Rebecca “Becky” Provine, Emory’s chief nursing officer and vice president of patient care who dedicated her life to caring for others, died Tuesday. She was 64.

The cause of death was complications related to breast cancer.

Provine, who passed away at Emory University Hospital, came to Emory in 1996 from Memphis with her husband of 33 years, William “Bill” Provine, who is also a nurse. She began her work at Wesley Woods Hospital as a clinical nurse specialist certified in geriatrics. She spent 11 years at the hospital until 2007 when she took over the role of chief nursing officer of Emory University Hospital. She spent six  and half years in that role. In 2011, during an organizational restructuring of Emory Healthcare, Provine added position of vice president of patient care to her resume.

Provine’s responsibilities at the hospital gradually increased not because she sought them out but because her peers identified her as a leader, Chief Nursing Executive of Emory Healthcare Susan Grant said.

“She had a passion for the care of the elderly,” Grant said.

Grant, who used to be Provine’s boss, became very close with Provine through her years at Emory.

“I was a supervisor of Becky’s but I am sure that I learned far more from her than she ever learned from me…she was an amazing selfless leader,” Grant said.

Grant added that Provine had a great sense of humor and a quick wit.

Provine, who spent 42 years as a nurse and worked until the end of her life, was recently named the 2013 Georgia Nursing Leader by the Georgia Organization of Nursing Executives.

Provine received the award before she died. When her director notified her that she had won, Provine joked that they must not have had many nominations.

“Truth is, there were tons of nominations,” Grant said.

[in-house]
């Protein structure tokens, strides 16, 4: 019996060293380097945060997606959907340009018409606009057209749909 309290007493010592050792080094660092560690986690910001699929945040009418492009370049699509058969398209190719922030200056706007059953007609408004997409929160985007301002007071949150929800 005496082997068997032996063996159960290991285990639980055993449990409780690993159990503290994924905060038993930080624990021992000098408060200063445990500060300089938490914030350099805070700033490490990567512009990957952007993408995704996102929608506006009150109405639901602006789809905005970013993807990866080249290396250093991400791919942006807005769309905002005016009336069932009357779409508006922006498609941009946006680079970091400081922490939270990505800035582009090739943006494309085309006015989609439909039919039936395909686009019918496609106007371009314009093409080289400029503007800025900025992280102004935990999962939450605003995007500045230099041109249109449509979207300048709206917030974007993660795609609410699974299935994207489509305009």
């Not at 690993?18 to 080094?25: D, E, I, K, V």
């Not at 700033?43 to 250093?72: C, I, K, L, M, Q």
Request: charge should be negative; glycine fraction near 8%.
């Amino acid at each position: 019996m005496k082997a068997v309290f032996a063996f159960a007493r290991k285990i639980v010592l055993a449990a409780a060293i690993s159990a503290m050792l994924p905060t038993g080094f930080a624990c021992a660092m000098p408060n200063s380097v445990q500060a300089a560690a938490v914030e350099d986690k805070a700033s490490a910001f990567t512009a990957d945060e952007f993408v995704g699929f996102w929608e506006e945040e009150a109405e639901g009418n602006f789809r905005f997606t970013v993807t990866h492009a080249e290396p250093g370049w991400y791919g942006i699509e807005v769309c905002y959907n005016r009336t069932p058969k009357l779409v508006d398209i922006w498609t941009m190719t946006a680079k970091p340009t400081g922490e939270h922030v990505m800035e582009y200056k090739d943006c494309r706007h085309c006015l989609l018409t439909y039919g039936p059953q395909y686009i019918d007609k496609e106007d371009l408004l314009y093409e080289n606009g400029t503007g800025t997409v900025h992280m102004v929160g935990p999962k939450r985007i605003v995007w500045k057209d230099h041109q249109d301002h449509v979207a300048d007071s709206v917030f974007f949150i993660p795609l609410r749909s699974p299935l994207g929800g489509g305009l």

Chief Nursing Officer and Vice President of Patient Services at Emory Johns Creek Hospital, Marilyn Margolis, agreed that in addition to her work ethic, Provine had a wonderful sense of humor and could “always see the joy in things.”

“She was a servant leader; she really defined what it meant to be caring about others,” Margolis said. “She really was the one person that I know that truly served everyone. She served her patients, served the hospital, her employees [and] her leadership team.”

Provine was active at her church, Grant said, pointing out that she taught at Sunday school every weekend.

The hospital conducts patient rounds regularly throughout the day and night at all hours. Provine’s passion for nursing and patient care which began at the age of five, was reflected throughout her career.

Grant said Provine would come in at 6:30 a.m. on a Sunday morning to conduct patient rounds and then head over to her church to teach students when her round was over.

One of Provine’s last initiatives was to attain the goal of having Emory Hospital recognized by the American Nurses Credentialing Center (ANCC) Magnet Recognition Program. Emory had been working to earn the award for the last couple of years, according to Grant.

“Due to [Provine’s] leadership, we are now in a few weeks going to have a site visit by the ANCC, which is the last step in the designation process,” Grant said

Grant added that only 7 percent of hospitals in the United States are designated as magnet.

“To get to this point has been an enormous accomplishment, and [Provine] led nursing at Emory to this point, and we were really praying that she would be here to enjoy this,” Grant said.

Margolis worked with Provine in a team of five that they called the “fab five.” Margolis said the group met every week, and no matter what the group asked of Provine, she would be able to get it done. Margolis added that Provine was always “really on top of things.”

“Anyone she touches was very blessed to have her in their life,” Margolis said.

In addition to Provine’s husband, she is survived by her son Andrew Cole Provine, her daughter Allison Dianne Provine and her brother, Lewis Steven.

By Dustin Slade 

Correction (11/20 at 9:37 a.m.): The article originally reported that Provine took over the role of chief nursing officer. The article was updated to clarify she took the position at Emory University Hospital. The position was also added to the story’s lede. Additionally, the sentence, ” She spent six and half years in that role,” was also added for  further clarification. 

Correction (11/20 at 2:05 p.m.): This article was updated from its original version to accurately update the quote from Susan Grant.